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All must have blood on their hands - 82%

autothrall, January 13th, 2011

Dealing with a band like Drowning the Light can be a daunting task, because they've constructed such a massive discography in such a short period that one must question the quality of the individual releases. This is Azgorh's 10th full-length album since 2007, 11th overall, not to ignore the dozen or so demos, splits and EPs he's also conceived in the interim, yet he also serves in Pestilential Shadows and Baal Gadrial. That much productivity is difficult to ignore, and while the urge to dismiss this as some hack who needs to compensate quality with quantity, that is absolutely not the case with Azgorh. Granted, a number of the albums have come and left us without much but a shadow of potential; with Catacombs of Blood, that is clearly not the case, as Drowning the Light seems to have finally come 'of age', producing a work of grim splendor that is rare and valuable.

Like a Striborg, Xasthur or Leviathan, this band excels in stripping all of the past 20 years of black metal down to the roots and then exploring it deep into their own evolutionary cycle. Sure, what you're hearing on the surface is derivative of the Norse/European fathers of the 90s, but it nonetheless is given an intangible freshness. Drowning the Light doesn't sound exactly similar to those other bands, but they're great comparisons as all can channel their imagination into something uncanny, cerebral, and addictive. Catacombs of Blood is actually a mix of styles, alternating its pure, melancholic black content like "As Plague Upon the Sheep" and "Such Cruelty Never Rests" with the ringing acoustic post-rock of "Autumn Morning" or the piano ambient poles of "Fragmented & Unrealisable" or "Requiem of Honour & Glory", several of which are contributions from the Brazilian pianist Lebensessenz. It's interesting that the beats of Blackheart's drums are so crude, yet layered in such methodical, glistening agony by the vocals and guitars, and it's wise of Azgorh to open the recording to his allies, worthy satellites to his grim gravitational pull.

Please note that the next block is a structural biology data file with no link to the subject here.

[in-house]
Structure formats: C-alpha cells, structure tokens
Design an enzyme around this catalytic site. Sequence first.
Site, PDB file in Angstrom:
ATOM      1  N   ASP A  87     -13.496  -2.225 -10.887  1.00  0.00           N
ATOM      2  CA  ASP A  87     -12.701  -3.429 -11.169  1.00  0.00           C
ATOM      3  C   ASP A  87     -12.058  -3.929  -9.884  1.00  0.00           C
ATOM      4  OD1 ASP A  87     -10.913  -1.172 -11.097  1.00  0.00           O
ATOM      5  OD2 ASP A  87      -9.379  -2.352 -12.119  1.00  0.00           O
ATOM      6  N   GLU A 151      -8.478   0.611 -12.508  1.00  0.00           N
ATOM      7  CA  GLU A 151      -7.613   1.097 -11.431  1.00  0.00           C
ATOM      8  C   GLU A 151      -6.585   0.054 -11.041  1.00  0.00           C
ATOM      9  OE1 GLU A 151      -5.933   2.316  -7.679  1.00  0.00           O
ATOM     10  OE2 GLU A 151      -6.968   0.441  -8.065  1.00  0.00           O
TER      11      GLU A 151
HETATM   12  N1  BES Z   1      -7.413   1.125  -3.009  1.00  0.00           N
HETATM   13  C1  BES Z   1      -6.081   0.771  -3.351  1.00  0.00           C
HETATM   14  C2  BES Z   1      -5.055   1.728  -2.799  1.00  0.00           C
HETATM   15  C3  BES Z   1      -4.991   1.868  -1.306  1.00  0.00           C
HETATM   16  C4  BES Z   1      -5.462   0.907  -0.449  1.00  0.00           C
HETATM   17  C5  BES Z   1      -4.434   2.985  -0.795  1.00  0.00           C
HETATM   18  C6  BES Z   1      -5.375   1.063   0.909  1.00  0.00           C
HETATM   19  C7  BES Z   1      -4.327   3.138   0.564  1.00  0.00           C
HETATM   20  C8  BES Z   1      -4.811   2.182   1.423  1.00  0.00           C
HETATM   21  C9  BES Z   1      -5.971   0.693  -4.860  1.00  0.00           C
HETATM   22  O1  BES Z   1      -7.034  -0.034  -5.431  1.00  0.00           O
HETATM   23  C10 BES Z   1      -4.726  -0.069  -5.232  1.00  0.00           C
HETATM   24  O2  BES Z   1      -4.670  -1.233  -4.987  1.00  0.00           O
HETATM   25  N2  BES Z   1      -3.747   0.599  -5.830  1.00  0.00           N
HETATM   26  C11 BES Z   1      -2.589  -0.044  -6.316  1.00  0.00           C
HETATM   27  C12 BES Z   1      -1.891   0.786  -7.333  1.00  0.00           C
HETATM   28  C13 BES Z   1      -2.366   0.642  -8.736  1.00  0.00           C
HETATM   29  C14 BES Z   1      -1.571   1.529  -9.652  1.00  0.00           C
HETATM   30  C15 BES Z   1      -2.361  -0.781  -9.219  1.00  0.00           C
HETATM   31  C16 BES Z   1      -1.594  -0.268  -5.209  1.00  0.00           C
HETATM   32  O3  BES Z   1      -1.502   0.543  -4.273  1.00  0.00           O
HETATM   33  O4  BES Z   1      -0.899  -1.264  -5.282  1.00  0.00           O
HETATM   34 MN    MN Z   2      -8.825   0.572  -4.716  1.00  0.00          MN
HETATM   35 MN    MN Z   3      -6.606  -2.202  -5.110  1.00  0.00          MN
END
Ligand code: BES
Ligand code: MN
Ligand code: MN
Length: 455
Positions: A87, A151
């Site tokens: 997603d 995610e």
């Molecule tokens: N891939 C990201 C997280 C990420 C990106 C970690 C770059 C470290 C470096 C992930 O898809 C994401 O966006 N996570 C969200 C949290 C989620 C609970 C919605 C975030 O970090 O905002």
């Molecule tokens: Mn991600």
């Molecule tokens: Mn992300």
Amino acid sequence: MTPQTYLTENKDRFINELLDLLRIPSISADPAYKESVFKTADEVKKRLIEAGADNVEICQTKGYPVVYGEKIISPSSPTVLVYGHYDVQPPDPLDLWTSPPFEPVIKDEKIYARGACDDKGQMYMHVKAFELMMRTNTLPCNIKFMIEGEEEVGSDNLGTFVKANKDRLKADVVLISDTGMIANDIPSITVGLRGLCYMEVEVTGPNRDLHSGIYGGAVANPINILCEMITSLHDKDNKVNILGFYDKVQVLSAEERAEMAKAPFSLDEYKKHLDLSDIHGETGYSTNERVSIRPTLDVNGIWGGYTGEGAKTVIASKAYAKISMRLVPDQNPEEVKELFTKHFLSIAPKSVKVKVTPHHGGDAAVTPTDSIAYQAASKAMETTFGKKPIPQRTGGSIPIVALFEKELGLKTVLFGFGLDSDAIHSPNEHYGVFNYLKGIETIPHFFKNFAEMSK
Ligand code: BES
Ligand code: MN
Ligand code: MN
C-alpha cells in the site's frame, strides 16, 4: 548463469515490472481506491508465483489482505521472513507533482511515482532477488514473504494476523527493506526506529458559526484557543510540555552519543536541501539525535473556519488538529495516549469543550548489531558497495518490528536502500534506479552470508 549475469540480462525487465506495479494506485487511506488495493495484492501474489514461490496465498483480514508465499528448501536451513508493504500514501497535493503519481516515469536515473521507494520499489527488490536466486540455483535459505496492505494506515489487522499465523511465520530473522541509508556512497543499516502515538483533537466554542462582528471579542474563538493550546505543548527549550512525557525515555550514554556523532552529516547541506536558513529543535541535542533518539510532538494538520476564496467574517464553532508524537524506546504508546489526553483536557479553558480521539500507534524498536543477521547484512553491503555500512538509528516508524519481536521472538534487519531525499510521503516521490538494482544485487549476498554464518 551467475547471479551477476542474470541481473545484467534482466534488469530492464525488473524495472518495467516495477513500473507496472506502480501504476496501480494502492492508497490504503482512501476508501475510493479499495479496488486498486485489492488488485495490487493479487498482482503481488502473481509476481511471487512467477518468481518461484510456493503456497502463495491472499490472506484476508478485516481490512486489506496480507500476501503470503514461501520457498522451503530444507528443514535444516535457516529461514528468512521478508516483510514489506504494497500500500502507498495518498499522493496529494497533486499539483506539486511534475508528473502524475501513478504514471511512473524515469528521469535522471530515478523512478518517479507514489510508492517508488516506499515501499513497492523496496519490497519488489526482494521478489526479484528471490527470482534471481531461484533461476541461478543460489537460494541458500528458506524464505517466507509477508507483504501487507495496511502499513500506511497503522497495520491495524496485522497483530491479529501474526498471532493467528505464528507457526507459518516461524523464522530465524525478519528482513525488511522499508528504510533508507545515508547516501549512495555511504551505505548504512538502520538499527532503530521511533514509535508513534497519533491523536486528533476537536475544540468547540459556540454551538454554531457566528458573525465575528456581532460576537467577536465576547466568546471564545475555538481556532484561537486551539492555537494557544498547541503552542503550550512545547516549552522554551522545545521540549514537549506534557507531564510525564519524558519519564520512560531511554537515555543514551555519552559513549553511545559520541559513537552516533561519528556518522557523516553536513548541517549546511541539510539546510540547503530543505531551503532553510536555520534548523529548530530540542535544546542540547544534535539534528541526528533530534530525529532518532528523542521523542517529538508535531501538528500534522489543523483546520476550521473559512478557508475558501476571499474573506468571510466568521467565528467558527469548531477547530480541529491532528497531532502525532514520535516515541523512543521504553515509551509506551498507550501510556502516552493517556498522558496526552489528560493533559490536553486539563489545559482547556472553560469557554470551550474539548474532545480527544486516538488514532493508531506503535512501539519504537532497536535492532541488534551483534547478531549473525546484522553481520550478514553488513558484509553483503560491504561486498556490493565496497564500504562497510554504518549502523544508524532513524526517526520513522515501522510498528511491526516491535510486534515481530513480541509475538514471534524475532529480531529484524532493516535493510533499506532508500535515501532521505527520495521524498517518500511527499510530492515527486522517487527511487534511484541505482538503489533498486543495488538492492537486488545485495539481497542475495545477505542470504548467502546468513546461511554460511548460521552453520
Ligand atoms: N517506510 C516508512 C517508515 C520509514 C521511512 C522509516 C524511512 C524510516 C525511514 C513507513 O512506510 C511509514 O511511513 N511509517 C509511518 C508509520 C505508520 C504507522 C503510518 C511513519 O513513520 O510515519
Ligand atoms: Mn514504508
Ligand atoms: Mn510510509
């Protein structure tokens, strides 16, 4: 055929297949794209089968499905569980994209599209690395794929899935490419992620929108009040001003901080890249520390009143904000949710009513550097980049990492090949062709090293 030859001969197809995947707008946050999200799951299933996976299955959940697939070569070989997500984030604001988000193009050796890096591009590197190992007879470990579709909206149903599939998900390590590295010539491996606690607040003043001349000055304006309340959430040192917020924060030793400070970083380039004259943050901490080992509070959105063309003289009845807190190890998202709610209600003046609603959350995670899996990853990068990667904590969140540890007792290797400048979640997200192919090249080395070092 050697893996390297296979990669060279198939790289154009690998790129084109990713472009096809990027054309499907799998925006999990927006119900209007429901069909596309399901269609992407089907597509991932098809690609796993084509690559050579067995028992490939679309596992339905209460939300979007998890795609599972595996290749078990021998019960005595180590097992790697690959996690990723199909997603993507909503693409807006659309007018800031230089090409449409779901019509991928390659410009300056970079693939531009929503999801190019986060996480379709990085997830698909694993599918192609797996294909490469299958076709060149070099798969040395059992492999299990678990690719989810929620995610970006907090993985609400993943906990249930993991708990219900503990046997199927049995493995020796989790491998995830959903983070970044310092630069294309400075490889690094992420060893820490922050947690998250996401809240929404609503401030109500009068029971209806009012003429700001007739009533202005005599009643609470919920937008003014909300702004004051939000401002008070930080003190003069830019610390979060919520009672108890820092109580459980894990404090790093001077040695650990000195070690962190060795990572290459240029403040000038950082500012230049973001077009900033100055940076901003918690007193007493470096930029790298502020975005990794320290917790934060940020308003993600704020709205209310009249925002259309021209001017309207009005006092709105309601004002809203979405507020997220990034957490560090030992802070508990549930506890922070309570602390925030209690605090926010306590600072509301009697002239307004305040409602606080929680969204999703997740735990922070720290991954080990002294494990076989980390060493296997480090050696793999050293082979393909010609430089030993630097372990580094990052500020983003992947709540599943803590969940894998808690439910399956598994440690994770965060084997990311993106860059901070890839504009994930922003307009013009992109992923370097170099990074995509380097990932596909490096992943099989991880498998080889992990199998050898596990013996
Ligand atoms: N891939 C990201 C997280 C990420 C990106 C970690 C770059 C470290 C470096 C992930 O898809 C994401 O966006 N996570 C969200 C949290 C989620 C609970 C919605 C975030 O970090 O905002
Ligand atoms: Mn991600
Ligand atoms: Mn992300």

I've only heard about 5 of the Drowning the Light full-length albums, which I realize is only a small portion of the catalog, but I can honesty say that Catacombs of Blood is the most gripping I've yet experienced, a lo-fi adventure with a surprising level of musicality. As usual with this genre, it's best to just let yourself succumb to it. Drop the critiques and comparisons from your mind and just let the grisly beauty erupt through your ears. It's an engaging 51 minutes, but not necessarily for audiophiles, or cultist whiners who dutifully fail to accept anything raw like this post-1994. Here are anthems to regret, pain, passion and awaiting evil, and if your mind should wander, you can occupy yourself with the booklet. Beyond the gruesome cut out collage of Nosferatu, nun and all manner of skulls and infant corpses that 'graces' the cover, there are some fascinating images within courtesy of artist Maxime Taccardi, and also the dark, simple and thoughtful lyrics. Catacombs of Blood isn't perfect, and it doesn't pretend to be, but it's worth the experience, and I'm glad Dark Adversary sent it my way, or I would have missed it. Don't make the same mistake.